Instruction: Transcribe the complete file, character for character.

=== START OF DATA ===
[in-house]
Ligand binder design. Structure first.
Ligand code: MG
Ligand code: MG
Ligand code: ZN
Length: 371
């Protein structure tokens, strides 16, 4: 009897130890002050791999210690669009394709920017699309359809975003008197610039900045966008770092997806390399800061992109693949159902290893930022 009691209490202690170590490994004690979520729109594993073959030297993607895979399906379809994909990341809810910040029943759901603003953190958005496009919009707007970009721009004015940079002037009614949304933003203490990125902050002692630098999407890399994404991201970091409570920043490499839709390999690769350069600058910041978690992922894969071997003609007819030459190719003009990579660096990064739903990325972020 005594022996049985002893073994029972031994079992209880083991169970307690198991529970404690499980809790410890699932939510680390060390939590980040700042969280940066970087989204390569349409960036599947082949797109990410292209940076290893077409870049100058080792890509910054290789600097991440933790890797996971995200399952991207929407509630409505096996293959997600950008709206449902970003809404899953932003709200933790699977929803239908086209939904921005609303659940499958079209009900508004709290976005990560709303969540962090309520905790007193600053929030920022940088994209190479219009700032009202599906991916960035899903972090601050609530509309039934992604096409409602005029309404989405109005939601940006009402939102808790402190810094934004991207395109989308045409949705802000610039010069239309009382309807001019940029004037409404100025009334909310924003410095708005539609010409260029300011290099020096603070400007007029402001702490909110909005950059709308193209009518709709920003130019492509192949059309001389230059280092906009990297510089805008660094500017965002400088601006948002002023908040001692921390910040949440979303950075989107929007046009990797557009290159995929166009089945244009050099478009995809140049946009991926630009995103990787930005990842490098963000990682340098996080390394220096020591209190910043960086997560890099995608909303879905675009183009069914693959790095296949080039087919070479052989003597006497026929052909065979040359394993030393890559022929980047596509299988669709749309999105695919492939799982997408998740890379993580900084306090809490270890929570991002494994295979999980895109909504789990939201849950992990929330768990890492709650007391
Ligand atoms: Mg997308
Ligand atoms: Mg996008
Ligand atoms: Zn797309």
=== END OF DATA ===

[in-house]
Ligand binder design. Structure first.
Ligand code: MG
Ligand code: MG
Ligand code: ZN
Length: 371
């Protein structure tokens, strides 16, 4: 009897130890002050791999210690669009394709920017699309359809975003008197610039900045966008770092997806390399800061992109693949159902290893930022 009691209490202690170590490994004690979520729109594993073959030297993607895979399906379809994909990341809810910040029943759901603003953190958005496009919009707007970009721009004015940079002037009614949304933003203490990125902050002692630098999407890399994404991201970091409570920043490499839709390999690769350069600058910041978690992922894969071997003609007819030459190719003009990579660096990064739903990325972020 005594022996049985002893073994029972031994079992209880083991169970307690198991529970404690499980809790410890699932939510680390060390939590980040700042969280940066970087989204390569349409960036599947082949797109990410292209940076290893077409870049100058080792890509910054290789600097991440933790890797996971995200399952991207929407509630409505096996293959997600950008709206449902970003809404899953932003709200933790699977929803239908086209939904921005609303659940499958079209009900508004709290976005990560709303969540962090309520905790007193600053929030920022940088994209190479219009700032009202599906991916960035899903972090601050609530509309039934992604096409409602005029309404989405109005939601940006009402939102808790402190810094934004991207395109989308045409949705802000610039010069239309009382309807001019940029004037409404100025009334909310924003410095708005539609010409260029300011290099020096603070400007007029402001702490909110909005950059709308193209009518709709920003130019492509192949059309001389230059280092906009990297510089805008660094500017965002400088601006948002002023908040001692921390910040949440979303950075989107929007046009990797557009290159995929166009089945244009050099478009995809140049946009991926630009995103990787930005990842490098963000990682340098996080390394220096020591209190910043960086997560890099995608909303879905675009183009069914693959790095296949080039087919070479052989003597006497026929052909065979040359394993030393890559022929980047596509299988669709749309999105695919492939799982997408998740890379993580900084306090809490270890929570991002494994295979999980895109909504789990939201849950992990929330768990890492709650007391
Ligand atoms: Mg997308
Ligand atoms: Mg996008
Ligand atoms: Zn797309």